Heading north from Van the landscape only proceeded to become greener and more colorful. A seemingly distant memory was the barren desert of southern Turkey; now rocky hills were painted with yellow, purple and red wildflowers over a verdant canvass of green grasses. I was instilled with a peacefulness and sense of awe that was only broken by the friendly if not persistent Turkish gentlemen that kept trying to make conversation with us (read: ME) even though they didn’t speak a lick of English and we knew even less Turkish. The language gap was further exacerbated by the fact that sign language and pantomiming didn’t transcend the English-Turkish barrier. Gentlemen #1 would make the same two or three signals over and over again—say pointing at his eyes, then holding up five fingers and nodding—and proceed to stare at me for five minutes as if divine inspiration would suddenly hit me upside the head with understanding. Unfortunately shrugging my shoulders, shaking my head and saying “I have no idea what the hell you are saying sir” didn’t translate into Turkish either. Good times. At least you couldn’t fault them for trying to be friendly.

Leah: Natalie, Armen, Steve and I checked into the Hotel Temel 2 and even bargained down the less- than-enthused proprietor from the rate he quoted us. Again, nothing shmancy (what I wouldn’t give for a fitted bottom sheet in this country), but we had an ensuite shower and toilet that didn’t make us shudder and a wide balcony that proved the perfect place to dry some sink laundry. And yet again, we were perfectly positioned to hear the resonant mosque calls to prayers as each one seemed to compete in sonorous duels throughout the day. A quick sunset hike up to the Kars Kalesi, or fortress, took us past the Church of the Holy Apostles which was built by Armenians when they founded Kars. It was later turned into a mosque when Muslims came to rule, so the reliefs of the twelve apostles adorning the dome arches remain a bit incongruent when compared to the building’s current function (especially when you consider that Islamic beliefs prohibit the depictions of people or animals in art). The fortress afforded the typical incredible views and we spent quite a while walking around and watching the setting sun illuminate and bring to life the colorful buildings below us. On our way out we were accosted by a local younger guy who asked to take pictures with us. Steve went first with no problems, but then when my turn approached, our new “friend” kept sliding his hand tighter around my back so as to more comfortably cop a feel of my right breast. So shocked was I that I stood there dumbstruck as my darling husband snapped away unaware. Needless to say, we booked it after that. Dinner, showers (hallelujah!) and some Idiot Abroad viewing (thanks, Jess!) left us relaxed and ready for the following day’s explorations.

The four of us boarded a minibus with some other intrepid travelers (it was almost bizarre seeing tourists again after having been off the typical track for a bit) for the 45 km ride to Ani, once the capital of Bagratid Armenia and a stunning example of the master stonework craftsmanship of the Armenians. Coupled with a gentle undulating landscape exploding with wildflowers in shades of crimson, yellow, violet and white that extended down to the Ahuryan River, it was easy to see the former splendor in the crumbling ruins and imagine how this past settlement of 100,000 once rivaled the likes of Baghdad and Constantinople. Unfortunately, wars, raids, an earthquake and realigned trade routes all dealt mortal blows to Ani and after 1319 it was essentially abandoned until rediscovered in the late 19th century. The entire site actually rests against the highly sensitive Armenian border and several areas were entirely off limits. In fact, guard towers right across the river provided a somber reminder that the atrocities committed between Turks and Armenians in the early 20th century in regards to border delineations created wounds that still fester, as Armen and Natalie were only too willing to explain. All in all, a simply gorgeous day spent at an aesthetically resplendent site. After bidding farewell to our news friends (they were heading back to Armenia) we enjoyed a final Turkish dinner (we’ll be in a new country by the time you read this) while ruminating on a month’s worth of experiences, locales and friends.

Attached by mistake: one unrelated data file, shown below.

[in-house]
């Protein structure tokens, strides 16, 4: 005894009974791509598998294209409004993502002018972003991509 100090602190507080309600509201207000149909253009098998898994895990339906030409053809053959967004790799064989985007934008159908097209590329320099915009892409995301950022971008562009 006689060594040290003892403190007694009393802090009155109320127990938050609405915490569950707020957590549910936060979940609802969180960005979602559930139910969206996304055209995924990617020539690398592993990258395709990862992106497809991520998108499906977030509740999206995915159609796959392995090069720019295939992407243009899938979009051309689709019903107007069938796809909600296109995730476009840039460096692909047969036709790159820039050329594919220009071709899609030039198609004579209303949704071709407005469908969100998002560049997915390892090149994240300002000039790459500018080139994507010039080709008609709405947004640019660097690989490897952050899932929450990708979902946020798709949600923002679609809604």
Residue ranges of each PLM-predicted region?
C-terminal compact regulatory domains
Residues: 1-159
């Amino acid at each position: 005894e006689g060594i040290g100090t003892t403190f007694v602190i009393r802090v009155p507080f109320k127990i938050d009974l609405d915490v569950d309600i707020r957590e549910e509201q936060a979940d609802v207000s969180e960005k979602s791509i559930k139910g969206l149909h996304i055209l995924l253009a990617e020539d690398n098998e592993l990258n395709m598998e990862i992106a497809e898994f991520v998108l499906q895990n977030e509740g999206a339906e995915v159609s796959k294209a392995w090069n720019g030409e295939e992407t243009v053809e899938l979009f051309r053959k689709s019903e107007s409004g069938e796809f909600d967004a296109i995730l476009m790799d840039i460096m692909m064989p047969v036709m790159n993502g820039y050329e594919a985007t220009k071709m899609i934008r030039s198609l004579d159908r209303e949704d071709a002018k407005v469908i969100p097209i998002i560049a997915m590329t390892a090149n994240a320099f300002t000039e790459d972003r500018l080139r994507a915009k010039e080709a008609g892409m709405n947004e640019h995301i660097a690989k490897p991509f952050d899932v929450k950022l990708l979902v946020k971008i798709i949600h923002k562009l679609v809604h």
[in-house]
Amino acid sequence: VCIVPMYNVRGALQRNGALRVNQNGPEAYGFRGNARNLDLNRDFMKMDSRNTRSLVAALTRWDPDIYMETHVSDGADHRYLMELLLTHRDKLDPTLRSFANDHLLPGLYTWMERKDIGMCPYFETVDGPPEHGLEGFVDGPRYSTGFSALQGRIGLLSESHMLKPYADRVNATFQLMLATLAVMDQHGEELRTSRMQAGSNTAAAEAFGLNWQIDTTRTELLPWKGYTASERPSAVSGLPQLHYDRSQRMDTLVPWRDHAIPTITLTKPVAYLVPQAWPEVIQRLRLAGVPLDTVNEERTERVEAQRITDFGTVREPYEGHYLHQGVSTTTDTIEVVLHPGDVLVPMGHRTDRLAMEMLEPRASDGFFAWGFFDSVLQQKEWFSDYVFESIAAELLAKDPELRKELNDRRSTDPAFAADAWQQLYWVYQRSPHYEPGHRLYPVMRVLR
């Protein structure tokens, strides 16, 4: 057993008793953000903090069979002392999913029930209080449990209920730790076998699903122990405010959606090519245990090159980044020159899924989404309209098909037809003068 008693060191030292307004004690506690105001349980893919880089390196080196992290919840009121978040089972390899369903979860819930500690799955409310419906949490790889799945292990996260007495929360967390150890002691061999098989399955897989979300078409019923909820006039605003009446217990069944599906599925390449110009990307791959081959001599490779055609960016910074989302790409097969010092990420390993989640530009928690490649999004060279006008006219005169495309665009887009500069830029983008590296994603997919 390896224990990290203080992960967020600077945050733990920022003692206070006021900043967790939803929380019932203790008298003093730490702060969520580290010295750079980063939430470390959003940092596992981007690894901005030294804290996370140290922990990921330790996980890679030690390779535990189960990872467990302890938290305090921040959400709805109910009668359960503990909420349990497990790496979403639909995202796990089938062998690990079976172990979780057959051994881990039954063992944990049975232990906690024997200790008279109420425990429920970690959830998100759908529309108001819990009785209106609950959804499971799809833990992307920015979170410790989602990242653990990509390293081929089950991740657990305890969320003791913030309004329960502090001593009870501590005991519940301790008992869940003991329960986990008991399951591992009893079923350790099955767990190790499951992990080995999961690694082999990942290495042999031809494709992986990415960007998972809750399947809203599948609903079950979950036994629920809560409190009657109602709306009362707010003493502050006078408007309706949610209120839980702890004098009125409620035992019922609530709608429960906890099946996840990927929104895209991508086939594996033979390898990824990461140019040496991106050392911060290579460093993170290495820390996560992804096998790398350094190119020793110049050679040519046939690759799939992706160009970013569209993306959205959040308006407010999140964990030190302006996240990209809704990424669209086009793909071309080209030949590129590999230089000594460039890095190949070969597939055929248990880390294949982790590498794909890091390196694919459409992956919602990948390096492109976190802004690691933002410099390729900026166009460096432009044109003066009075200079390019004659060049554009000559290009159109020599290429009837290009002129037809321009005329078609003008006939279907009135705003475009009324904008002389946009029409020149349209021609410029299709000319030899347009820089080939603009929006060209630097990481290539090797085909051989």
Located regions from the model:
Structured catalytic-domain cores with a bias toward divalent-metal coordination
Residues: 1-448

Steve: Ah…Turkey…the land of facial hair, cigarette smoking, and body odor. Thanks to the efficacy (and 18% tax) of regional deodorants I fell into two out of three categories. I was a big, hairy, smelly man who more than once was mistaken for a Turk. Leah was none of these so I’m guessing people asking if she was Turkish was simply guilt by association.

Leah: Turkey, you are quite the layer cake of ethnicities, cultures, history and natural wonders. From the cacophony of Istanbul to the verdant green plains of the east, you’ve treated us well. Sure, we won’t miss the omnipresent smell of cigarette smoke (especially in contained environments like overnight buses—seriously?!), but I’ll miss your love of ladybug décor (they’re known as “bugs of chance” and feature prominently on everything from magnets to swaddling blankets), giant white Kangal herding dogs the size of polar bears and the ubiquitous clusters of men sitting on mini stools at the tea shops sipping bitter tea sweetened with a cube or two of sugar. I’ll always remember your melt-in-our-mouths apricots and cherries, your chewy ice cream (but you can keep the goat milk versions) and the splash of lemon tonic we received for our hands after meals. Although I enjoyed you the first time around, I have a much deeper appreciation for all your layers having seen so much more this time. Thanks for letting me experience your Taksim Square riots and protests firsthand and bringing friends old and new into my orbit. I see a third visit in my future, but hopefully next time with even more expendable income to squander on your incredible carpets and maybe even an upgrade to hotels where the shower and toilet don’t share the same cubic foot of space. So Türkiye'de ederim (thank you, Turkey), we'll be seeing you again!